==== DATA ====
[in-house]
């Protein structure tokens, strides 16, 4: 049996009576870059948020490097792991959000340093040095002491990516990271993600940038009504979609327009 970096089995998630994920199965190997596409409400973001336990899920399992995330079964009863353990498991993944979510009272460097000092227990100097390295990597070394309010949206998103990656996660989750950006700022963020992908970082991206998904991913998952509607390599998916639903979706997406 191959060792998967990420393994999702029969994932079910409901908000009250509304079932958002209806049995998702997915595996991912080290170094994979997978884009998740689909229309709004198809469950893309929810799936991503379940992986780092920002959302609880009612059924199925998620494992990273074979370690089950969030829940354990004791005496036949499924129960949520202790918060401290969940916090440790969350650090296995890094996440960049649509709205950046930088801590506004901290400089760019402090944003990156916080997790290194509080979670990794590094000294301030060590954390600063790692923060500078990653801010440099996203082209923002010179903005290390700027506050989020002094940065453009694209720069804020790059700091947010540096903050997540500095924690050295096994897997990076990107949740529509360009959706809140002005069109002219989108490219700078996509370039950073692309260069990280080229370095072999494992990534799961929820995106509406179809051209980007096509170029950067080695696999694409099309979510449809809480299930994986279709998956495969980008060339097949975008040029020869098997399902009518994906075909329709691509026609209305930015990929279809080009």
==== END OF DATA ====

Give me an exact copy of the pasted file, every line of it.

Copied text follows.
[in-house]
């Protein structure tokens, strides 16, 4: 049996009576870059948020490097792991959000340093040095002491990516990271993600940038009504979609327009 970096089995998630994920199965190997596409409400973001336990899920399992995330079964009863353990498991993944979510009272460097000092227990100097390295990597070394309010949206998103990656996660989750950006700022963020992908970082991206998904991913998952509607390599998916639903979706997406 191959060792998967990420393994999702029969994932079910409901908000009250509304079932958002209806049995998702997915595996991912080290170094994979997978884009998740689909229309709004198809469950893309929810799936991503379940992986780092920002959302609880009612059924199925998620494992990273074979370690089950969030829940354990004791005496036949499924129960949520202790918060401290969940916090440790969350650090296995890094996440960049649509709205950046930088801590506004901290400089760019402090944003990156916080997790290194509080979670990794590094000294301030060590954390600063790692923060500078990653801010440099996203082209923002010179903005290390700027506050989020002094940065453009694209720069804020790059700091947010540096903050997540500095924690050295096994897997990076990107949740529509360009959706809140002005069109002219989108490219700078996509370039950073692309260069990280080229370095072999494992990534799961929820995106509406179809051209980007096509170029950067080695696999694409099309979510449809809480299930994986279709998956495969980008060339097949975008040029020869098997399902009518994906075909329709691509026609209305930015990929279809080009």